CD8+ T-Cell Interleukin-7 Receptor Alpha Expression as a Potential Indicator of Disease Status in HIV-Infected Children
Mitchell, Charles D.
Hanekom, Willem A.
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CitationSharma, Tanvi S., Jane Hughes, Amarylis Murillo, Joanne Riley, Andreia Soares, Francesca Little, Charles D. Mitchell, and Willem A. Hanekom. 2008. CD8+ T-Cell Interleukin-7 Receptor Alpha Expression as a Potential Indicator of Disease Status in HIV-Infected Children. PLoS ONE 3(12): e3986.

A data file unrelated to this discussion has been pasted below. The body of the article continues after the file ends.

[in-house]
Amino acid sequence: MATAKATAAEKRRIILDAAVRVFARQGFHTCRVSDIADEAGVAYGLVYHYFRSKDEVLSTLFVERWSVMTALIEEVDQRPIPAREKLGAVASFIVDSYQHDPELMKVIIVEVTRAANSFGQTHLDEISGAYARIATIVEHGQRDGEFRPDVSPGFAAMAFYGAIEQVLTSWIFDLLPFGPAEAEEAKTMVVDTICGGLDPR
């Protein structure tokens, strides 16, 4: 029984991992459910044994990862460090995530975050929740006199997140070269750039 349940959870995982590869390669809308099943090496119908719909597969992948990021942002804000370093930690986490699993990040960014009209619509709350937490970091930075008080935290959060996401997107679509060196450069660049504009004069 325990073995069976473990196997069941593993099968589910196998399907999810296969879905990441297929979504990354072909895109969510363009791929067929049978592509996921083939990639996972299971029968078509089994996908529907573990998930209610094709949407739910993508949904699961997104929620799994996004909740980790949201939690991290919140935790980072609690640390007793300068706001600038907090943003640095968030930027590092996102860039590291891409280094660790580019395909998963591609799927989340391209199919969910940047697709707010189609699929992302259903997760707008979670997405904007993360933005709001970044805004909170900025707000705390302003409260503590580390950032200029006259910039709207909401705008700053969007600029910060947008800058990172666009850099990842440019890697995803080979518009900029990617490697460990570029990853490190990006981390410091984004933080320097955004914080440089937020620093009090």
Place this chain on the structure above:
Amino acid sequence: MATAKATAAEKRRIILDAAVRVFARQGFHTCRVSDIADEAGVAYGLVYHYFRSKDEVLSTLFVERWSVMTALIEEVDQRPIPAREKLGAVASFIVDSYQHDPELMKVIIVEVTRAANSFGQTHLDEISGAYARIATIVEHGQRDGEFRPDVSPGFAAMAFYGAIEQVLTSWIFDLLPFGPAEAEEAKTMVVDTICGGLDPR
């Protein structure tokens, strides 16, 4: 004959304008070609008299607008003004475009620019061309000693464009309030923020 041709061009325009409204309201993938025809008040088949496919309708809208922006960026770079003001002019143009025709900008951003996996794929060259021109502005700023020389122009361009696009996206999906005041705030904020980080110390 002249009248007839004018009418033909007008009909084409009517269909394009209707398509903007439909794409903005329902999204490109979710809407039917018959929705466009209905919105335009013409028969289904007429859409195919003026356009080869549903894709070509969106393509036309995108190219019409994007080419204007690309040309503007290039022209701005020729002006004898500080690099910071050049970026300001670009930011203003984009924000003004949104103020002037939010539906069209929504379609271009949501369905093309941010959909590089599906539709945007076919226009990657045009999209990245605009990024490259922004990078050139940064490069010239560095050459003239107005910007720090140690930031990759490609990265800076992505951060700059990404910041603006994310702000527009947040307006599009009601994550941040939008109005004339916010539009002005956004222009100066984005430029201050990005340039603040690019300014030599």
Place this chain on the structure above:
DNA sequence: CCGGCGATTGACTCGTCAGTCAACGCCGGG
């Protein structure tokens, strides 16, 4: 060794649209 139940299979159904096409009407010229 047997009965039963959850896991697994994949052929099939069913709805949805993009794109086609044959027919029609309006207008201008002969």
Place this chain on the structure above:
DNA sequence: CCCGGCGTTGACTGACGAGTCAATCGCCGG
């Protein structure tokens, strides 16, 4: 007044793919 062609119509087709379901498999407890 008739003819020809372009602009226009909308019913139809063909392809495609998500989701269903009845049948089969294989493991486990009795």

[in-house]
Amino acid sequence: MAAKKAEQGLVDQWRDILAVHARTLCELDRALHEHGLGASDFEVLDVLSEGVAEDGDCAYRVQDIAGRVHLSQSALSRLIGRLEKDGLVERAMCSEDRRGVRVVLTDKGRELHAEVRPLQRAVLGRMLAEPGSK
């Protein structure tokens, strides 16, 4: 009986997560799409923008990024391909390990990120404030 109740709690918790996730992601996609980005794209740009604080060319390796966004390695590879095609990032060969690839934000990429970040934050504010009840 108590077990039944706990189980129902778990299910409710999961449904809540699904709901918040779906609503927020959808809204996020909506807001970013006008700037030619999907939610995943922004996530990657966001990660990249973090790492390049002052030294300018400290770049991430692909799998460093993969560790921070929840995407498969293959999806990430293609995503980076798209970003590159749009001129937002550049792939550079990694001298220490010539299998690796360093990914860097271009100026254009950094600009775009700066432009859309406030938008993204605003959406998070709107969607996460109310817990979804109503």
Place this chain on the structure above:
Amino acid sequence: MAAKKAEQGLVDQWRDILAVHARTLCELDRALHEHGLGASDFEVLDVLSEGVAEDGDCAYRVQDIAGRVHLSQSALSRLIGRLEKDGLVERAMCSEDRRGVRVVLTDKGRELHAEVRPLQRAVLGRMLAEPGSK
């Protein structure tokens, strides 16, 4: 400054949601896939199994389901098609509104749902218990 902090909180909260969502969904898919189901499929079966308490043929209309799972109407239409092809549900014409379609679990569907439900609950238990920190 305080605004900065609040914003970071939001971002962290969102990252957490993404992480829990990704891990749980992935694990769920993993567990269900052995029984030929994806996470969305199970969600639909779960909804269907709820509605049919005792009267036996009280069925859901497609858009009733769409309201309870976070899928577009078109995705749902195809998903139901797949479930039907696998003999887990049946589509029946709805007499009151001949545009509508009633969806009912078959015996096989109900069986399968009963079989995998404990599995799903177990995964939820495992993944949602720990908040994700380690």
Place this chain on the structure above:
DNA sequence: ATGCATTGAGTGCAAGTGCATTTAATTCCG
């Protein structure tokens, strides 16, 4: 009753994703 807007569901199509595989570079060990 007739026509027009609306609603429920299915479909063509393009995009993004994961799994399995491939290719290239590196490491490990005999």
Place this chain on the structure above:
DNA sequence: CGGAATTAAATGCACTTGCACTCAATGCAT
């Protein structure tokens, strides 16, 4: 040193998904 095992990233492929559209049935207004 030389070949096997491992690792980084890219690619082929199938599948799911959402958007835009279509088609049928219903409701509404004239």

AbstractBackground: Initiation and modification of antiretroviral therapy in HIV-infected children depend on viral load and CD4+ T-cell count. However, these surrogates have limitations, and complementary immunological markers to assess therapeutic response are needed. Our aim was to evaluate CD8+ T-cell expression of CD127 as a marker of disease status in HIV-infected children, based on adult data suggesting its usefulness. We hypothesized that CD127 expression on CD8+ T-cells is lower in children with more advanced disease. Methods: In a cross-sectional evaluation, we used flow cytometry to measure CD127+ expression on CD8+ T-cells in whole blood from HIV-infected children with varying disease status. This was compared with expression of CD38 on this subset, currently used in clinical practice as a marker of disease status. Results: 51 HIV-infected children were enrolled. There was a strong positive correlation between CD127 expression on CD8+ T-cells and CD4+ T-cell count, and height and weight z-scores, and a strong negative correlation between CD127 expression and viral load. In contrast, we found no association between CD38 expression and these disease status markers. Conclusions: CD8+ T-cell CD127 expression is significantly higher in children with better HIV disease control, and may have a role as an immunologic indicator of disease status. Longitudinal studies are needed to determine the utility of this marker as a potential indicator of HIV disease progression.
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